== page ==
District Attorney Satana Deberry always wears a red beaded bracelet with a little white elephant. On its own, this might seem like an odd choice for a progressive Democrat. But Saturday, as a sea of red sweaters, Greek letters, and all forms of elephant decor filled the conference room in the Durham County Human Services Complex, the bracelet made a lot more sense.
The elephant is the unofficial symbol of the historically black Delta Sigma Theta Sorority, of which Deberry and Durham Police Chief C.J. Davis are both alumnae. The sorority’s Durham Alumnae Chapter hosted a panel discussion called “Sister to Sister: A Talk on Sexual Assault.” The discussion was moderated by fellow sorority sister Jasmine McGhee, who is special deputy attorney general and director of the Public Protection Section at the North Carolina Department of Justice.
Deberry lauded her sorority sisters and fellow panelists for their accomplishments, and emphasized the significance of them holding those positions as women of color.
“The chief and I are unicorns almost,” Deberry said. “It is rare that you are in a jurisdiction in which the chief of police and the district attorney are not just women, but black women.”
She said that this is particularly significant in a conversation about sexual assault in a southern state, where sexual politics have been deeply intertwined with racial discrimination. The history of the American South is rife with the sexual exploitation of black women – free and enslaved – and their inability to access the protections of the criminal justice system. Deberry emphasized that the South is also a place where false accusations of sexual assault have been used to justify the lynching of black men.
Davis said, “Being an African American female in this work I think is quite relevant. I think we are lucky when we have African-American women who don’t just know what they are doing, but they can also make their work personal.”
According to Deberry, black women today are typically those who pay bail, visit people in jail or prison– and are increasingly incarcerated themselves.
“To the extent that the criminal justice system has a customer, it’s black women,” she said.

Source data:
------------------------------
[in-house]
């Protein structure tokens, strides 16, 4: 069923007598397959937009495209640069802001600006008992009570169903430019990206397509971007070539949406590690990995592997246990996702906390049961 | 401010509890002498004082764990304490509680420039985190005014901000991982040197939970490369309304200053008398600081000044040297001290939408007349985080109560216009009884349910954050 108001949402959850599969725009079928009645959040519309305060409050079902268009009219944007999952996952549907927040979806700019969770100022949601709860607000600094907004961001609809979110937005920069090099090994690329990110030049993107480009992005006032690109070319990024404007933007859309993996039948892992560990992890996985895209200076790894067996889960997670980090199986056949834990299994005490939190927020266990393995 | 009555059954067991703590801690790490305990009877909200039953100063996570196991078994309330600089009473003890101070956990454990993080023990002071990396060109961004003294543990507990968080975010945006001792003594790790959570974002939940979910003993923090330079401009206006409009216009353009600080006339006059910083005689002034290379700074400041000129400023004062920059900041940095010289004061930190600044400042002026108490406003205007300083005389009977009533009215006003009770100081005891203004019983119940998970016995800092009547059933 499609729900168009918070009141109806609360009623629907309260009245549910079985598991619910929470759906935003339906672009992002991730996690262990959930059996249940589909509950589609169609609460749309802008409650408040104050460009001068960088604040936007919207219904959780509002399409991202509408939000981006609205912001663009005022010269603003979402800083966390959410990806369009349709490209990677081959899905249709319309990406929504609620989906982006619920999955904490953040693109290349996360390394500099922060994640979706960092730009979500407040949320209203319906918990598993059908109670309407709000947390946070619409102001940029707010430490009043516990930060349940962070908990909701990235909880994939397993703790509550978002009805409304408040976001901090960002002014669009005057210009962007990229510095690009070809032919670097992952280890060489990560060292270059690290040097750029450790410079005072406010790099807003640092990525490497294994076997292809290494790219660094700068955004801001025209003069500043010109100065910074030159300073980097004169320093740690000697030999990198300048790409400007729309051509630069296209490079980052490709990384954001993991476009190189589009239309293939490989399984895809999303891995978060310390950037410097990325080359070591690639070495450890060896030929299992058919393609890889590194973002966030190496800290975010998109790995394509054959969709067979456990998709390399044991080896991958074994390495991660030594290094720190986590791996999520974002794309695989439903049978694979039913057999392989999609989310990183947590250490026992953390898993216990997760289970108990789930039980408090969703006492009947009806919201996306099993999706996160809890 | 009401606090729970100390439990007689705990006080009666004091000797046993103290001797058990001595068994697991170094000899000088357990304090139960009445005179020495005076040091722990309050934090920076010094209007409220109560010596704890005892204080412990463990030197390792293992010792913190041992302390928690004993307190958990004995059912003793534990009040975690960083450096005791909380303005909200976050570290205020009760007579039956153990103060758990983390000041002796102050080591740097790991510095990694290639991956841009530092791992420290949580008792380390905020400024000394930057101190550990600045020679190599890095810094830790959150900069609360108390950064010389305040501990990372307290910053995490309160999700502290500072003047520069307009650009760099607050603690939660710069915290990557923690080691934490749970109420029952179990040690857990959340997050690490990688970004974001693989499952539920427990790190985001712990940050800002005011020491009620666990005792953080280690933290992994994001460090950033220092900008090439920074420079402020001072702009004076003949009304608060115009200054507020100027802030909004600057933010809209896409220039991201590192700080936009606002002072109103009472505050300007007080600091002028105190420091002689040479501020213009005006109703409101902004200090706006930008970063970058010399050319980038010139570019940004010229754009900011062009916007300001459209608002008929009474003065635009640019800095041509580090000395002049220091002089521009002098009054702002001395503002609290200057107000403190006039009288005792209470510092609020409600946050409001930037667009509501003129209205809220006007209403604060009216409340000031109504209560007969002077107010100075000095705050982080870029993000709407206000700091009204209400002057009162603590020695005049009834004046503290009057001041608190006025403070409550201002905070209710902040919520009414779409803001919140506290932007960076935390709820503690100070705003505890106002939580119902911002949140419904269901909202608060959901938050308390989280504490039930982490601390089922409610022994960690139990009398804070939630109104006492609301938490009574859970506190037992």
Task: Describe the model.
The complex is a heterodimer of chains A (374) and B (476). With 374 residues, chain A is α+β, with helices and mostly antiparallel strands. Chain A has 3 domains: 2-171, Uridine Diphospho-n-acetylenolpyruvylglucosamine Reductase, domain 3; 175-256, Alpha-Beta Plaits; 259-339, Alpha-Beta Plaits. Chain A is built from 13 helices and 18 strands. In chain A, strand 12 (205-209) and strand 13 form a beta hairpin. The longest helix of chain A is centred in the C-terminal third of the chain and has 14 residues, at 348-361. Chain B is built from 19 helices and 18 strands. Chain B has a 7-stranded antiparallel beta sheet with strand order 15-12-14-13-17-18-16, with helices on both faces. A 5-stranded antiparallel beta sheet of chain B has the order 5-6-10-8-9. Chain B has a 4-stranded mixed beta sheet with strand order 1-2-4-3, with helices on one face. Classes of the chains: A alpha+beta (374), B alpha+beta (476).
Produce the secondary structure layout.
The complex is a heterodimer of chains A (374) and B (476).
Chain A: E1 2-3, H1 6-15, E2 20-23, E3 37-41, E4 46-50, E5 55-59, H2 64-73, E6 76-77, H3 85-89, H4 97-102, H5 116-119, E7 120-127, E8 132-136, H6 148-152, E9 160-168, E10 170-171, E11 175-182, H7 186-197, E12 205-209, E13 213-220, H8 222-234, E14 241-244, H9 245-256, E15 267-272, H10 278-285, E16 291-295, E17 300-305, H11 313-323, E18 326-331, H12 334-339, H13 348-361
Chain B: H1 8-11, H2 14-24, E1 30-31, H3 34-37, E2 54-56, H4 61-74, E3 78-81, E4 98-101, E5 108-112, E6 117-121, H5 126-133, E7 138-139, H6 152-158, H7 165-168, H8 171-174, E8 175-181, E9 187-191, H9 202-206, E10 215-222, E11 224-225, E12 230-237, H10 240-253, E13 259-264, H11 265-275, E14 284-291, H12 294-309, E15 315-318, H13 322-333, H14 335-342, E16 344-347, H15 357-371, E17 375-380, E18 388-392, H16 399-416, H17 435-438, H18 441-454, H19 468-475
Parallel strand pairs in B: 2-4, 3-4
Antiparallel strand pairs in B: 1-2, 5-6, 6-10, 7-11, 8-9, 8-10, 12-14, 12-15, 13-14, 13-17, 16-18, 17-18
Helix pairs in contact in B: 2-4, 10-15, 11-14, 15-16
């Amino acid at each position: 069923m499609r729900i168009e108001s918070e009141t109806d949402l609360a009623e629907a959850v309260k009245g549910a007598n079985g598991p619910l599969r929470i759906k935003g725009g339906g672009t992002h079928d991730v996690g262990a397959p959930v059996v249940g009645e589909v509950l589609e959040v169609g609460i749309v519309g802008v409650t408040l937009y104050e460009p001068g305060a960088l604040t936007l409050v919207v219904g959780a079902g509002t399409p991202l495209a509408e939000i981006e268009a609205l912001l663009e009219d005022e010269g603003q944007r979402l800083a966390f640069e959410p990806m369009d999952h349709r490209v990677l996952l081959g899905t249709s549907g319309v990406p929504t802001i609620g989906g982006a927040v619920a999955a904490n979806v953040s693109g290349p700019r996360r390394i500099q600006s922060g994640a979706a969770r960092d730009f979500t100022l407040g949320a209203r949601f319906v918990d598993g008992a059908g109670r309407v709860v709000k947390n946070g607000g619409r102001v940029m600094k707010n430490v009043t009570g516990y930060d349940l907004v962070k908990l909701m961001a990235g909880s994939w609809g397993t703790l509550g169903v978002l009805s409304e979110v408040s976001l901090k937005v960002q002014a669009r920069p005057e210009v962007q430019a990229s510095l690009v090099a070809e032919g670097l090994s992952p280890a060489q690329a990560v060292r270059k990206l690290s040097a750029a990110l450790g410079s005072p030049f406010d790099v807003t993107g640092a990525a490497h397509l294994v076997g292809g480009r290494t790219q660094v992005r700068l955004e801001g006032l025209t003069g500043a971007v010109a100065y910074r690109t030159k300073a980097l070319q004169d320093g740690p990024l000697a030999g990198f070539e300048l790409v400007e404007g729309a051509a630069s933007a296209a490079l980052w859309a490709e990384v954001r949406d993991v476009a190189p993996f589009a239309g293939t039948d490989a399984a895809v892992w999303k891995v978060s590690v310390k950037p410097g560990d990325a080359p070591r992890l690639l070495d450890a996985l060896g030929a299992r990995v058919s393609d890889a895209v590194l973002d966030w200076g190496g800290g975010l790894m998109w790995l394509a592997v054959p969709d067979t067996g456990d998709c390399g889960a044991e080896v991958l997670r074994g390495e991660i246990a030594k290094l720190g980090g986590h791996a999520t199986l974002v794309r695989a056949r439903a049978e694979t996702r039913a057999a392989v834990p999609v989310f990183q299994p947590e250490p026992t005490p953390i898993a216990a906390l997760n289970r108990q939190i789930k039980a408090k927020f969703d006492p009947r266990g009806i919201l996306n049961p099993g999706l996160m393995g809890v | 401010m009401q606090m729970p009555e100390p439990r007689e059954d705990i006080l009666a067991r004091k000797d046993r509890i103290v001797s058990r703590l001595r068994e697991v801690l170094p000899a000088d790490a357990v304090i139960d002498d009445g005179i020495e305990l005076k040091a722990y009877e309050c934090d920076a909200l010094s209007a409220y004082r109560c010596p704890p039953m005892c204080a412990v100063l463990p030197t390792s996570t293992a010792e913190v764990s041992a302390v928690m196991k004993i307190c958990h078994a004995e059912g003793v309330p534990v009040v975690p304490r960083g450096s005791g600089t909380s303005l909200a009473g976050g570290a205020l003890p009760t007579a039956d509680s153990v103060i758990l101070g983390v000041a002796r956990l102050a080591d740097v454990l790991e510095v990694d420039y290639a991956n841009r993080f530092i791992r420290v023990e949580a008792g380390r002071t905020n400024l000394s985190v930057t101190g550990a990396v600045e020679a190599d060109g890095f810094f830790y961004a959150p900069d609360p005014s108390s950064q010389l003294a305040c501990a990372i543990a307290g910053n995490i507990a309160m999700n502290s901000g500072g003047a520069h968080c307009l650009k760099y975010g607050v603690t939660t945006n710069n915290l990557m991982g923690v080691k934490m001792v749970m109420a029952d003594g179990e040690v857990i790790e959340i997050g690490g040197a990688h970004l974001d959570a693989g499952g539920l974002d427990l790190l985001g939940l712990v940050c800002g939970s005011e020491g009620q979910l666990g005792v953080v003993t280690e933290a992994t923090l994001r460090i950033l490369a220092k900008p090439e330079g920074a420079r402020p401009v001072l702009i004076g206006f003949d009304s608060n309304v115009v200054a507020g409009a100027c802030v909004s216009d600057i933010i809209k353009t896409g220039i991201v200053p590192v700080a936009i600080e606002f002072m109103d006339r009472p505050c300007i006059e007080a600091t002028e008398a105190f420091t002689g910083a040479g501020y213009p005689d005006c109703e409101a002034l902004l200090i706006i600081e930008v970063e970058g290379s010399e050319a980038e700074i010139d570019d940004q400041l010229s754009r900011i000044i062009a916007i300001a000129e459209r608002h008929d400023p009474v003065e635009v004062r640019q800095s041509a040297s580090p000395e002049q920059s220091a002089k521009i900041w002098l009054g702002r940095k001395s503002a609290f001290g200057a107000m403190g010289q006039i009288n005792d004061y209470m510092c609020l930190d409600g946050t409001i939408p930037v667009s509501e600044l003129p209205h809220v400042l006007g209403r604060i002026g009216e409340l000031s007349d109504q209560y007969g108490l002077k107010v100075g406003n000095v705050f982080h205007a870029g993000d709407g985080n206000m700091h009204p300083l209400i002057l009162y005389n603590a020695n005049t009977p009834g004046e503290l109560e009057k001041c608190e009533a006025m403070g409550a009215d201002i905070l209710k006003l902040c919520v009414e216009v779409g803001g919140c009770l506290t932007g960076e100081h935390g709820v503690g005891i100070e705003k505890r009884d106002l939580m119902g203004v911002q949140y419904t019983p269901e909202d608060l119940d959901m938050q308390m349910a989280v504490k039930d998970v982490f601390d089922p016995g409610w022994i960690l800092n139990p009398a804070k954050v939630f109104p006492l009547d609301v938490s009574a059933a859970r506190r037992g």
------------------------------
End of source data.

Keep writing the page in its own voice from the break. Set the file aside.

“But the dirty little secret of the criminal justice system is that black and brown women are also the people most likely to be victimized,” Deberry said. “And we are the least likely, especially when we are children, to be believed.”
In 2017 Youth Risk Behavior Survey of Durham Public School students, black high school students were nearly twice as likely as white students to report being raped; Latinx students were almost three times as likely.
The audience included educators, social workers, public health advocates, and survivors of sexual assault. Their questions ranged from what to do in situations when a child is sexually assaulted to how immigrants who are living in the country without legal permission should handle an assault.
Deberry responded that when survivors come through her office, she will not ask about their citizenship status. “It does not matter one bit to us,” she said.
Another audience member asked about the statute of limitations for criminal sexual assault in North Carolina. The panelists said that, unlike other states, there isn’t one.
Before ending the talk, the panelists emphasized this issue concerns men and boys, too.
“We talk about believing women and girls, but also talk to your sons,” Deberry said. While more than one in three women have experienced some form of contact sexual violence, almost one in four men have too, according to the National Intimate Partner and Sexual Violence Survey.
While the audience was mostly women, there were some men too — most notably Clarence Birkhead, the Durham County Sheriff. He was invited to say a few words to introduce the panel and he stayed until the end. “It is a really awesome team of law enforcement officials that you all have here in Durham, with me being right here with them working hand in hand,” he said.
As the panel concluded, Deberry emphasized that her office is working with the Sheriff’s Office and the Durham Police Department to address sexual assault. The Special Victims Unit of her office now works closely with Chief Davis’ Special Victims Unit.
“That has not generally been how it works,” Deberry said. “But that trust goes a long way in getting your cases dealt with.”